“Take Care” on NPR – Why Women Are Choosing To Share Housing

Author, journalist, and Baby Boomer expert Sally Abrahms spoke recently on the NPR program “Take Care” on the growing phenomenon of older women choosing to live together.  Hosts Linda Lowen and Lorraine Rapp asked her why this house-sharing trend is growing so strongly? These are the underlying reasons that Sally shared:

More Women Over 50 Are Single

The rate of divorce for Americans 50 and over doubled between 1990 and 2010. This has resulted, of course, in a surge in the number of single women, many of whom would prefer not to live alone – either for financial reasons, because of loneliness, for safety, for assistance with home maintenance, or any combination of these factors.

On average, women live longer than men, too – so the natural attrition of men in the older population also contributes to the growing number of single women as the population ages.

Today more than one-third of people 50-plus are single. One-quarter are divorced. And among women over 50, 7 out of 10 live alone.

Women Are Increasingly Determined to Age In Place

The growing determination of Boomer women to “age in place” makes finding a roommate a very practical and attractive option. Having a roommate to share expenses makes it possible for many to keep their homes, who might otherwise have to sell and move. Also, roommates could provide assistance to one another – sharing chores, providing care if someone becomes ill or injured, or one roommate taking over certain things around the house that the other roommate might become unable to do.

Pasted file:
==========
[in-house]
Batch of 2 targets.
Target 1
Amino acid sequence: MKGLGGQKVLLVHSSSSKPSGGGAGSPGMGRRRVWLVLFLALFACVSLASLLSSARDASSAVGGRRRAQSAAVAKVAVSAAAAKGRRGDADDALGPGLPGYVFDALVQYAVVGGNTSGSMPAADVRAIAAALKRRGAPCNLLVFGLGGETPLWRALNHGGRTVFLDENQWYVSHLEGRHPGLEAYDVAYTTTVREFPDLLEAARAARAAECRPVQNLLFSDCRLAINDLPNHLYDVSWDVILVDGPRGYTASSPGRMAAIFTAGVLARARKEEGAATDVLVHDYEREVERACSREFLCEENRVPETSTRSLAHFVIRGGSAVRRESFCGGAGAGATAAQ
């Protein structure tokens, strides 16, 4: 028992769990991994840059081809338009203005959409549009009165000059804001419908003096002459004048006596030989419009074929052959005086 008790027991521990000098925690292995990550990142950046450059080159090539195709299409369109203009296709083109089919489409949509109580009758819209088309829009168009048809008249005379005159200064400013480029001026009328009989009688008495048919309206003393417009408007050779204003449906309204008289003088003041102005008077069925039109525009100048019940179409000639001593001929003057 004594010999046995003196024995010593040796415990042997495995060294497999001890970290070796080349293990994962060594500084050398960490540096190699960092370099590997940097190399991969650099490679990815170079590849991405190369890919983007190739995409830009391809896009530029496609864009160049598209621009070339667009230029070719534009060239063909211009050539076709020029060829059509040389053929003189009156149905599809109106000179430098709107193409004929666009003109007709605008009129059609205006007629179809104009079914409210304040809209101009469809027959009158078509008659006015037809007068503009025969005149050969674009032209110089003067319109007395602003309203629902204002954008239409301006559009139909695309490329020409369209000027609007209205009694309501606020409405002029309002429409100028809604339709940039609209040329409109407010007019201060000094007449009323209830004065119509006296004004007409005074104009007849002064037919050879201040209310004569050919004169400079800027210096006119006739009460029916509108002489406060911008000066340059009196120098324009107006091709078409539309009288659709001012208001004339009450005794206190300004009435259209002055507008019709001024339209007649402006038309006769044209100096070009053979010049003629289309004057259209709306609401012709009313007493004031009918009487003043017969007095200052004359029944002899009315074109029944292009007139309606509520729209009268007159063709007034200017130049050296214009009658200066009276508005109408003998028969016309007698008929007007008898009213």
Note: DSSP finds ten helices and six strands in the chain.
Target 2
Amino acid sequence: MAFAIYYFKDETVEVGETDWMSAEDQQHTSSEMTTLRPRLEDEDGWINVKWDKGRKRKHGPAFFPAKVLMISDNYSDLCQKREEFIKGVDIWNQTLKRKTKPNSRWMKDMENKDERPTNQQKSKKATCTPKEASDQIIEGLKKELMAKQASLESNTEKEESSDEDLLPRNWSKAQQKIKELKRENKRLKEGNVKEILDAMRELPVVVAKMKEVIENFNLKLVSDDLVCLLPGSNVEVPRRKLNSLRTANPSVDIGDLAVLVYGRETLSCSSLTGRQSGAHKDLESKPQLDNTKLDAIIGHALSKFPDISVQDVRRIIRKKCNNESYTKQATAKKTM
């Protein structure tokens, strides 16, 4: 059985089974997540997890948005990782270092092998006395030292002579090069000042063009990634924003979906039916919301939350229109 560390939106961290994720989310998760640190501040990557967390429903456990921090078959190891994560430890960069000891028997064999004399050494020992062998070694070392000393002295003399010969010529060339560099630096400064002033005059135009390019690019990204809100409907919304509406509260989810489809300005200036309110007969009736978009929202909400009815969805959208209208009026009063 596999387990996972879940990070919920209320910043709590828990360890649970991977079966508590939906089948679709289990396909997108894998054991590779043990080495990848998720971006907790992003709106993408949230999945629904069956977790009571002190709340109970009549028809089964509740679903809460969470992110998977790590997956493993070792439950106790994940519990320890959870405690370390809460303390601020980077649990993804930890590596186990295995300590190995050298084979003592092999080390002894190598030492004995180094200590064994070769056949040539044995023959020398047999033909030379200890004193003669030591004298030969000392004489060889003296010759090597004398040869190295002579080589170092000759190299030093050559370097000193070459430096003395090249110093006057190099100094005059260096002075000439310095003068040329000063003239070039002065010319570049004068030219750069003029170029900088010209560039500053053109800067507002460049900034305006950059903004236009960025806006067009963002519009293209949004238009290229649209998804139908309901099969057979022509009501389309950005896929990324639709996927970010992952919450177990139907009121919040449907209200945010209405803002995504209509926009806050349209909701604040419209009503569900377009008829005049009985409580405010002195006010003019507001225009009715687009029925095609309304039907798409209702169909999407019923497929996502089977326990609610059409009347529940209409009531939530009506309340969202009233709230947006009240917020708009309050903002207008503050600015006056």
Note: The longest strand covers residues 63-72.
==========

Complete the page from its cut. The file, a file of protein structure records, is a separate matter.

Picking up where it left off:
The Sharing Economy Is Influencing The Choice To Share Housing

The “sharing economy” is a growing trend too. It seems that our way of thinking about the need for privacy and exerting sole dominion over one’s home is changing, giving way to a growing willingness to consider a more communal style of life.

How Many People Over 50 Are Sharing Housing Today?

Over 1 million households have people age 46 to 64 who are sharing their homes with roommates. And, a growing number of online services are springing up to help older roommates find one another – Roommates4Boomers of course being one of them.

Click here to listen to the full interview on NPR.

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